The congress, which last took place in 2012, is a major political event in China. During this year’s congress, it will be announced who will replace retiring members of China’s top governing body, the Politburo Standing Committee. President Xi Jinping is also set to be confirmed as president for the second half of his ten-year term.

An indication of China’s determination to tackle air pollution is the directive that Beijing and a number of other northern cities must cut PM2.5 pollution (fine particulate matter) by 25% this autumn and winter. This is the first time targets for emissions cuts have been set for cities in the Beijing-Tianjin-Hebei region and nearby areas for the winter season.

Targets for many of China’s other big cities have also been set. For example, Tianjin, Shijiazhuang and Taiyuan must cut their number of heavy polluted days by 20% this winter.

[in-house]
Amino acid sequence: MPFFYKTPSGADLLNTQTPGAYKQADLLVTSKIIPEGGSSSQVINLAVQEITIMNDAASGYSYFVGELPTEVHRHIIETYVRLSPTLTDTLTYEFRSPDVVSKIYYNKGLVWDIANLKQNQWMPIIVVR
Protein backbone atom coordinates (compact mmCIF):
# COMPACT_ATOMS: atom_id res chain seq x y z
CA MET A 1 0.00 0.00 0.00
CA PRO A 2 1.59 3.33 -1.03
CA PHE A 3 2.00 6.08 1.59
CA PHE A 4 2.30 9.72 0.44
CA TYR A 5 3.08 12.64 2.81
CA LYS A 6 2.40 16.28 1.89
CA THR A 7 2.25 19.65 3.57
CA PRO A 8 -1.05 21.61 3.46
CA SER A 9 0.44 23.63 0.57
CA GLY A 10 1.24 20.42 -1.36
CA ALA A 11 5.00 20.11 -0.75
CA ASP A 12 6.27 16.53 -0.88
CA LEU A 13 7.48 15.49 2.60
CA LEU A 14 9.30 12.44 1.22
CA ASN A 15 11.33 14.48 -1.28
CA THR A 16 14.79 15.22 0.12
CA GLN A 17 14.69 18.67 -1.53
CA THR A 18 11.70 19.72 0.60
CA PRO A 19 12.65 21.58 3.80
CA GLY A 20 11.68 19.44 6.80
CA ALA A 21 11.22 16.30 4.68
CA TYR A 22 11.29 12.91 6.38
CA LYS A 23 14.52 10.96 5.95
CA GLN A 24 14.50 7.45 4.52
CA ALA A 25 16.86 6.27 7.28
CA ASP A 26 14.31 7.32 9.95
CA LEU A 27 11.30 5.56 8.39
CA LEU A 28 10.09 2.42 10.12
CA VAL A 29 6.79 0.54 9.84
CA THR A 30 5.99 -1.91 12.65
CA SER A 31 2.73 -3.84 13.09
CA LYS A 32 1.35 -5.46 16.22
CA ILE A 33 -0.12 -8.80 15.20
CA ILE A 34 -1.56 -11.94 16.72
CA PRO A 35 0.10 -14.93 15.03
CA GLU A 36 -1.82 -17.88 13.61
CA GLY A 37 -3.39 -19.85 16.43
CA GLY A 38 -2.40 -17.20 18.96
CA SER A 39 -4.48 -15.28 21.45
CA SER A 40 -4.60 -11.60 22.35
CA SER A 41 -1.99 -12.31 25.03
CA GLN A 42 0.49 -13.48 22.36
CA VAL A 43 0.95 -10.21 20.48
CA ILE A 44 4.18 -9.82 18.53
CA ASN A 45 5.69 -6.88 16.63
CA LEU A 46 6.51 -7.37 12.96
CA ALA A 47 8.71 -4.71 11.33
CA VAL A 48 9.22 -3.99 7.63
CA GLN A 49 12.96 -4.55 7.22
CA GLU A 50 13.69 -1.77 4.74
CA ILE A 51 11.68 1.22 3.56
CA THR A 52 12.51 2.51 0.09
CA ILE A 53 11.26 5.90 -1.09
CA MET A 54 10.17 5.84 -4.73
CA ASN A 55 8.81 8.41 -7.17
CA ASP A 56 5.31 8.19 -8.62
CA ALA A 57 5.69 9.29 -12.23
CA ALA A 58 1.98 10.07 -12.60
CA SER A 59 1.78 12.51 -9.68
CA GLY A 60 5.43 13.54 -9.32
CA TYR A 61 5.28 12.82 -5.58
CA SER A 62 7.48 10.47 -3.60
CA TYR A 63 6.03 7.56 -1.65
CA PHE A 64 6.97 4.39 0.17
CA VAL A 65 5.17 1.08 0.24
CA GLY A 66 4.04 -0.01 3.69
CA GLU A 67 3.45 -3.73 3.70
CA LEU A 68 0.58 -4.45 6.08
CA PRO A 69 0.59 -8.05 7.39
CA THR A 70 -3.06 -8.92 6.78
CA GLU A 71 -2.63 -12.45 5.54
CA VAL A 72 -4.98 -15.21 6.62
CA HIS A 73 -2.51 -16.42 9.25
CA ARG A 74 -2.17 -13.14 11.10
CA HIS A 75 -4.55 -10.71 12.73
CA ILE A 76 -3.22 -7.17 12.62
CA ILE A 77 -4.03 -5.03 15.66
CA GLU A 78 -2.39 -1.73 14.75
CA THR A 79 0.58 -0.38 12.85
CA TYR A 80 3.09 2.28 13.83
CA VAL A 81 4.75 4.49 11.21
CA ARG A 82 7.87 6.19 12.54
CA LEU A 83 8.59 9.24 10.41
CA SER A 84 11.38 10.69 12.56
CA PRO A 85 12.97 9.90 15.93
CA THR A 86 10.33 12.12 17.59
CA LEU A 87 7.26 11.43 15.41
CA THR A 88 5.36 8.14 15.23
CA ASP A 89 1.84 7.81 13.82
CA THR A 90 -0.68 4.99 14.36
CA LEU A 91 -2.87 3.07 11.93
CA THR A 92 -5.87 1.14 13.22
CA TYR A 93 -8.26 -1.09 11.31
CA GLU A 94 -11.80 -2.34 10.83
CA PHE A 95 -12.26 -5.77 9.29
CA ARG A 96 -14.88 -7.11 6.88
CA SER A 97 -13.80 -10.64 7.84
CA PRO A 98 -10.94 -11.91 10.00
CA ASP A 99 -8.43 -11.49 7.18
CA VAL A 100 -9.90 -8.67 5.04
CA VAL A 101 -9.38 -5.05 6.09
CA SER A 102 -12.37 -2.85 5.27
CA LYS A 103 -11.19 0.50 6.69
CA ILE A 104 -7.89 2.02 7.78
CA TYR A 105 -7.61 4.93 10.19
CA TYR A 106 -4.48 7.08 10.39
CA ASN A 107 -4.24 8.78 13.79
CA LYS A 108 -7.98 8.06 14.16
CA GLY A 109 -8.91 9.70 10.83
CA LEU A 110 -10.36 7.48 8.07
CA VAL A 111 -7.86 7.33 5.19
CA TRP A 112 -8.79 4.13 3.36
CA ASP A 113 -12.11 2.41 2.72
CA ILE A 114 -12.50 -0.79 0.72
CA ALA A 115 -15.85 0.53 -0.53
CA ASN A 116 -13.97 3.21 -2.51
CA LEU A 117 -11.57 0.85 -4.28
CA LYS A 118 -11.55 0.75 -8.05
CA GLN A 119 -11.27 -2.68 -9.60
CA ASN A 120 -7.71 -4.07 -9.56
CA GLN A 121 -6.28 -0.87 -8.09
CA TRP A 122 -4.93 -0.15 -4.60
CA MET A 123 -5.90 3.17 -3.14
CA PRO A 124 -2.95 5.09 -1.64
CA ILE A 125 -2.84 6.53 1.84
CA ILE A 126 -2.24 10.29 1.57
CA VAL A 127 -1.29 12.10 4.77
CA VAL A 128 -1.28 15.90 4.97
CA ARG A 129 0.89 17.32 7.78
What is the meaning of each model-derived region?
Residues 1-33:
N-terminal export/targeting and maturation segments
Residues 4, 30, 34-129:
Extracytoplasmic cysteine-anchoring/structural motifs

Lots of people will understandably be sceptical given that previous environmental campaigns have been more hot air than substance. But a 1 September article in Caixin, the Chinese business magazine, contained the following:

“In a document jointly released by the Ministry of Environmental Protection and nine other ministry-level bodies, if a city does not achieve 60% of the emission reduction target, the city’s vice mayor will be held responsible;

“If the city achieves less than 30% of its target, the mayor will be held responsible; and if the PM2.5 level ends up increasing instead of falling over the winter, the party secretary of the city will be held responsible.